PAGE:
The upper view is of Lincoln High Street looking north from a point close to the junction with St Mary Street. It was painted by Augustus Charles Pugin (?1762-1832), a Frenchman who married one of the Welbys of Denton near Grantham and consequently made many visits to the city. According to the Pugin Society, the date of the painting is most likely 1819, when Pugin also made six drawings of the cathedral. The only familiar buildings in the view are the Stonebow and the cathedral. The obelisk on the High Bridge and the church of St Peter-at-Arches were moved in the 1930s. The painting is in the collection of the Usher Gallery. (By kind permission of The Collection: Art and Archaeology in Lincolnshire - Usher Gallery, Lincoln, LCNUG:1927/152). www.thecollectionmuseum.com.
In May 2015 (lower view), Lincoln High Street is a busy pedestrian shopping area. The photograph was taken from a very similar position to Pugin’s vantage point. The Cathedral towers are just visible behind later buildings and the Stonebow is partly obscured by street furniture. (Photo: Beryl George)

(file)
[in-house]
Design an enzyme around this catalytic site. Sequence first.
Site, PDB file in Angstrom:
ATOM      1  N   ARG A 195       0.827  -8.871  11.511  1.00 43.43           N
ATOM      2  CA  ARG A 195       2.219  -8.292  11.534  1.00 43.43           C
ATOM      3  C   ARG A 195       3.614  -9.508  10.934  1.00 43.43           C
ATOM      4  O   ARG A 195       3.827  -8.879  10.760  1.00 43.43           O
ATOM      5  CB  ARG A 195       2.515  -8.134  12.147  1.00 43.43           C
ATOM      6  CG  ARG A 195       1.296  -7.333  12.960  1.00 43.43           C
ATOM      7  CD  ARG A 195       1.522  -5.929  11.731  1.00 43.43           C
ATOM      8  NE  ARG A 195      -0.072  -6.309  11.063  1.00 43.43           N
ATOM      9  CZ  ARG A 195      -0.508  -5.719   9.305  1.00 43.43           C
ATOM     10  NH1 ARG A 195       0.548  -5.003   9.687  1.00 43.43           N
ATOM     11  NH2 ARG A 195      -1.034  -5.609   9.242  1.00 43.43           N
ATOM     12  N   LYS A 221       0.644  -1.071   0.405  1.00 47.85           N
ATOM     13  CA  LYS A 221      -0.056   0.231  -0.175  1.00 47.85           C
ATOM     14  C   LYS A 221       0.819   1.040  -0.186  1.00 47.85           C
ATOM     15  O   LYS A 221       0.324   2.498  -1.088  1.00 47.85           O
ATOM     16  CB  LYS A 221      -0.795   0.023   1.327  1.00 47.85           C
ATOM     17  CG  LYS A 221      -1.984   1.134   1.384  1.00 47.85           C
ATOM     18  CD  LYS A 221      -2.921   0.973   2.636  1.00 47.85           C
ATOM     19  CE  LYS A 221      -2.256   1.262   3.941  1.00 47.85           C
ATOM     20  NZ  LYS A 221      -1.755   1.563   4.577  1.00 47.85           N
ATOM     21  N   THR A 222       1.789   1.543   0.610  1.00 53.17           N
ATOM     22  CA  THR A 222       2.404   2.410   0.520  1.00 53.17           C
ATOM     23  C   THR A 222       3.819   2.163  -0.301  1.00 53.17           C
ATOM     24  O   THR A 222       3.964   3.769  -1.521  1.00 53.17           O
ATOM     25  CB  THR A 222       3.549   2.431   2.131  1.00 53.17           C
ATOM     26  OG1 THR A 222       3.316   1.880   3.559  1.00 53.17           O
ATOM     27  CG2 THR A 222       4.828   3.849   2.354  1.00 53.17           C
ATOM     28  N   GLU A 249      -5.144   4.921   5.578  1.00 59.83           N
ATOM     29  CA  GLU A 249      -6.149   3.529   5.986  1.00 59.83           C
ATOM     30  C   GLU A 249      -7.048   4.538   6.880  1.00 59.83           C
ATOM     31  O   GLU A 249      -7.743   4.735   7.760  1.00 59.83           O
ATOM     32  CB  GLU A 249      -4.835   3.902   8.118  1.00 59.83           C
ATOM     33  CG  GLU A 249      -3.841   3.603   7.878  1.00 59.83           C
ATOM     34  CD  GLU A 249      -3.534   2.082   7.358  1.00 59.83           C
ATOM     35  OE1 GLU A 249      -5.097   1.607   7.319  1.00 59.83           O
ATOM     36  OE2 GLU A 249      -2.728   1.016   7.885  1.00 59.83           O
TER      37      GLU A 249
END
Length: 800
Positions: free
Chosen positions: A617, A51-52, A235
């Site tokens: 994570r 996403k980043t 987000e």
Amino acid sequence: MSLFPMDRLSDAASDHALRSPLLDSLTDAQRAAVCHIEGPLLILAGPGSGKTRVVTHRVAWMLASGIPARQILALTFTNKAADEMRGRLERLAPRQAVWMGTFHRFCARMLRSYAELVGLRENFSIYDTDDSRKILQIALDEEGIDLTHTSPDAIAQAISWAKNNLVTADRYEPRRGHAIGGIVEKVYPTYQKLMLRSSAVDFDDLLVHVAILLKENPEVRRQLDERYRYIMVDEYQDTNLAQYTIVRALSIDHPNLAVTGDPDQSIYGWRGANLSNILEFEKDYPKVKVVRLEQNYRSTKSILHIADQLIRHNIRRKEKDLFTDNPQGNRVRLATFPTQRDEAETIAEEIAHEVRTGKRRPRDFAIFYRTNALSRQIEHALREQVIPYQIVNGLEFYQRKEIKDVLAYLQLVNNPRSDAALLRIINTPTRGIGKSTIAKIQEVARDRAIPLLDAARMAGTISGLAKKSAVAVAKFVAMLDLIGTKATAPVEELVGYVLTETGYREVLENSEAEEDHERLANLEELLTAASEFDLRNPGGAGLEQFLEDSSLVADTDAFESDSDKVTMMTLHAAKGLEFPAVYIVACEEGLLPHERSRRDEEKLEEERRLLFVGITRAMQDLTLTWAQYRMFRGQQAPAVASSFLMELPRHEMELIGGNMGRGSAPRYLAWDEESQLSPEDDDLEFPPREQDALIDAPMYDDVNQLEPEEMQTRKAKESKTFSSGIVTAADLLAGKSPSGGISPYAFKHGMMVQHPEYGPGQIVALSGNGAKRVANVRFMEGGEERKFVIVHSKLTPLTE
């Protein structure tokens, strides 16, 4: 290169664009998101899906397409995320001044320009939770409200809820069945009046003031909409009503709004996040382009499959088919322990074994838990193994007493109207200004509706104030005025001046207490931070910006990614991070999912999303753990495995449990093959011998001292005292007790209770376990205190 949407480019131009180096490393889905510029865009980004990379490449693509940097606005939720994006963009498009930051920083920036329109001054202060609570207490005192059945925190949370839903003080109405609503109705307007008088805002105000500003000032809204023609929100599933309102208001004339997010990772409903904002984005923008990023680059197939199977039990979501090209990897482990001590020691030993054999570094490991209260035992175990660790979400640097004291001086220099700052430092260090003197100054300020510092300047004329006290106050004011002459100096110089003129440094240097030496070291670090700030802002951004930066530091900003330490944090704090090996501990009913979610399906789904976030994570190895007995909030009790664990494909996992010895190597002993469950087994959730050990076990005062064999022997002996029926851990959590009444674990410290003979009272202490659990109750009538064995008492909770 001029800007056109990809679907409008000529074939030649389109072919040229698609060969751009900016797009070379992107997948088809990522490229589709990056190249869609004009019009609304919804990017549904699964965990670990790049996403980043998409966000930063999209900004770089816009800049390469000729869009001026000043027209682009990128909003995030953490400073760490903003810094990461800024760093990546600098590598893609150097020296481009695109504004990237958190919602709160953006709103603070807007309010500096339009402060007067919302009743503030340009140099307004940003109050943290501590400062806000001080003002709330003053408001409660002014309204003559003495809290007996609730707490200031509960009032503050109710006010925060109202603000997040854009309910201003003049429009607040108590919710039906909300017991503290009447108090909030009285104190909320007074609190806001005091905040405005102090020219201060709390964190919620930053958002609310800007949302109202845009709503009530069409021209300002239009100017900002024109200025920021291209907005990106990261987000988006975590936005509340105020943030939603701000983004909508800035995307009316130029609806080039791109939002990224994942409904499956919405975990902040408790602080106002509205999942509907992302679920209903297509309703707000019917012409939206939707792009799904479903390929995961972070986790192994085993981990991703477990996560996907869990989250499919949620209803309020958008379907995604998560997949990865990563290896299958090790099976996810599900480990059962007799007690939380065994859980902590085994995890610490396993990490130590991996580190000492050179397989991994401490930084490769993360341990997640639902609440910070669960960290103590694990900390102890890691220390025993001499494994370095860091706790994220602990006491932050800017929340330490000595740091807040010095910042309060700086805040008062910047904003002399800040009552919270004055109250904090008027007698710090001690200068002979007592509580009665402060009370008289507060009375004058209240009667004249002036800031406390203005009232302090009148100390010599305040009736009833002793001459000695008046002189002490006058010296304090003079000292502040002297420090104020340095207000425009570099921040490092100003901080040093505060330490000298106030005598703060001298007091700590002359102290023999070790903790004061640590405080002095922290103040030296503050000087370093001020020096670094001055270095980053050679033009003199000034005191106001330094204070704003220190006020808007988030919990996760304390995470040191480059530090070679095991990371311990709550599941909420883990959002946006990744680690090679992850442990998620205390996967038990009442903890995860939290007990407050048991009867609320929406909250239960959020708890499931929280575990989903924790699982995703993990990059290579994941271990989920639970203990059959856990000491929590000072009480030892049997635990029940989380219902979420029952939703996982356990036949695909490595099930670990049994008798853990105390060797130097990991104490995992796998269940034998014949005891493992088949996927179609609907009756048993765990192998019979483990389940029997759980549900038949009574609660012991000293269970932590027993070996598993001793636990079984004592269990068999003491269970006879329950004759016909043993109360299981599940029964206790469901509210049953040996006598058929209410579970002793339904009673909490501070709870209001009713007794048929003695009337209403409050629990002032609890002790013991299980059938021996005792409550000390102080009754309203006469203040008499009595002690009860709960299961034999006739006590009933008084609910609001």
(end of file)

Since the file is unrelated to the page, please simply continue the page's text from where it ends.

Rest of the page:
We considered that there was no readily accessible collation of material about the changing population of Lincoln so we have prepared these webpages to start to improve that. Population changes leave their traces in settlement development patterns and can help to explain the growth and decline of some activities and pressures on space. In addition, an understanding of the methods of census enumerators can be of help to family historians.
We have divided this study into three sections:
Summary of Population Change, in which we have displayed only the total populations of Lincoln, and England with Wales at every census from 1801 to 2011;
19th century, defined as 1801-1901, in which we have tabulated the population by enumeration districts (mostly ancient parishes) at each census; and
20th century, defined as 1901-2011, in which our tabulations are by the city’s polling wards adopted as enumeration districts after 1901.
For a great deal of help and encouragement we would like to thank David George, John Herridge, Alastair MacIntosh, Lisa Meyer and Dr Rob Wheeler. Thanks also to Geoff Tann, who has designed the download, whilst also giving us considerable guidance about website presentation.